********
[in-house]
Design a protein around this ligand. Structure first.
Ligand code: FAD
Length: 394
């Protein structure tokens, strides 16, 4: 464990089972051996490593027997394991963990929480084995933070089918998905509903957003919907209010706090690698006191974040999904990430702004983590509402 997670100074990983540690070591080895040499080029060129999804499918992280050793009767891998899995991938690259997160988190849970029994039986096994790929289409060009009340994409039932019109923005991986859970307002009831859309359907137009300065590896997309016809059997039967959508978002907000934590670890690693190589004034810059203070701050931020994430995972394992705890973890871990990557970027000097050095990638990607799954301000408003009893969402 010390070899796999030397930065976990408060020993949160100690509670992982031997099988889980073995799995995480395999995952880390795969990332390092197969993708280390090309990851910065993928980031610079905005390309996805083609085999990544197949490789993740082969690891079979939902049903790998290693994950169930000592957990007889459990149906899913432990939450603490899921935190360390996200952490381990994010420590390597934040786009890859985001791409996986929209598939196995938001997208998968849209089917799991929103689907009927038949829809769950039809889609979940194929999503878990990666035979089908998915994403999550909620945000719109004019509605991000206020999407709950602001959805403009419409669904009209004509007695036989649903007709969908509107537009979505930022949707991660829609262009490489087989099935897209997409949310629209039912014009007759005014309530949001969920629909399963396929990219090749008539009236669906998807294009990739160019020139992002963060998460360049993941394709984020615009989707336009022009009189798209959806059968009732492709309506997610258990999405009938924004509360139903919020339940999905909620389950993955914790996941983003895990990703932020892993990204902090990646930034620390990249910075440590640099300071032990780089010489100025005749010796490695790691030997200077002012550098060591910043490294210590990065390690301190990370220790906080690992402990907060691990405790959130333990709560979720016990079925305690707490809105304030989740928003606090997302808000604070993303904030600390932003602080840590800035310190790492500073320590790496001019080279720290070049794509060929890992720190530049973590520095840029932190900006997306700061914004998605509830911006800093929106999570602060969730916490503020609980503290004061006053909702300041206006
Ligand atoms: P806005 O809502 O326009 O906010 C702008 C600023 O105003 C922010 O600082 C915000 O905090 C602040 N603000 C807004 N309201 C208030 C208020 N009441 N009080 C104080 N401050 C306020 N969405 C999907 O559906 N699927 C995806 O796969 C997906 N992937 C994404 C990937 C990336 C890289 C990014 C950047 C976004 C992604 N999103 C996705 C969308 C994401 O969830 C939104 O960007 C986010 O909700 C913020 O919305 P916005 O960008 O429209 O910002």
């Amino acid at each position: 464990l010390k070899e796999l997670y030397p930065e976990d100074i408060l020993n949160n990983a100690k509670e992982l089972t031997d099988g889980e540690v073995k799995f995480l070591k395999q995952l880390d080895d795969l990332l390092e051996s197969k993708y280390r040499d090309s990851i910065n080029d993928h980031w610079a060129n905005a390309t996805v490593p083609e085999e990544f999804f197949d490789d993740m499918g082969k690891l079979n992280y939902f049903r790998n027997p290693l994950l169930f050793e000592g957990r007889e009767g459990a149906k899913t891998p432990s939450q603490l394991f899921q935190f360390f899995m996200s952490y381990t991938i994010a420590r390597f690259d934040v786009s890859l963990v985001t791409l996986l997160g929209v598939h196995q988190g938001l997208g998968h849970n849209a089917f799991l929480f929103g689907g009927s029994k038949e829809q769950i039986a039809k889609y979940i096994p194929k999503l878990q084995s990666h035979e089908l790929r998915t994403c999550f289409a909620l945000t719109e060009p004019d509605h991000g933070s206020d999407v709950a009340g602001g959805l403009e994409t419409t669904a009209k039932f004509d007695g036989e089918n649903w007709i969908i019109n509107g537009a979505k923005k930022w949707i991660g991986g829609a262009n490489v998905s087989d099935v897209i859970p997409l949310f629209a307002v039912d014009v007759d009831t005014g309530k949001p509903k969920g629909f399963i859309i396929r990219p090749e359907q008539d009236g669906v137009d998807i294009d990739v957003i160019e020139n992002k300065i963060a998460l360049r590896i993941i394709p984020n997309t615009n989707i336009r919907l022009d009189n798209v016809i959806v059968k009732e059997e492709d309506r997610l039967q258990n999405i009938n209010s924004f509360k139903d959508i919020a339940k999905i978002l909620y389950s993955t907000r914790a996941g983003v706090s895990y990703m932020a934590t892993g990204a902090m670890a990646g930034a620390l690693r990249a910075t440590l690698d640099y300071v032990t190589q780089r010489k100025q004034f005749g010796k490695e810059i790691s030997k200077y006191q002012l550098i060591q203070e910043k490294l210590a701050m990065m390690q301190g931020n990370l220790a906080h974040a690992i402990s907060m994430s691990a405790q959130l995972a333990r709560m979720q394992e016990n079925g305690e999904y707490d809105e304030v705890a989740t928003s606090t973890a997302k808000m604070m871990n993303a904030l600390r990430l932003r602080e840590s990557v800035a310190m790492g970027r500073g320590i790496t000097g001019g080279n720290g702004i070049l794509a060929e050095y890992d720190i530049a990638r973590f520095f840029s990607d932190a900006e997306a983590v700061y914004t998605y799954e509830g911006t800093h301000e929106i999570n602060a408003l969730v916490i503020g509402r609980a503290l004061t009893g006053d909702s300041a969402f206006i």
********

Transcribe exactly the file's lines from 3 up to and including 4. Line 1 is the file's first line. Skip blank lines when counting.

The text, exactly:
Ligand code: FAD
Length: 394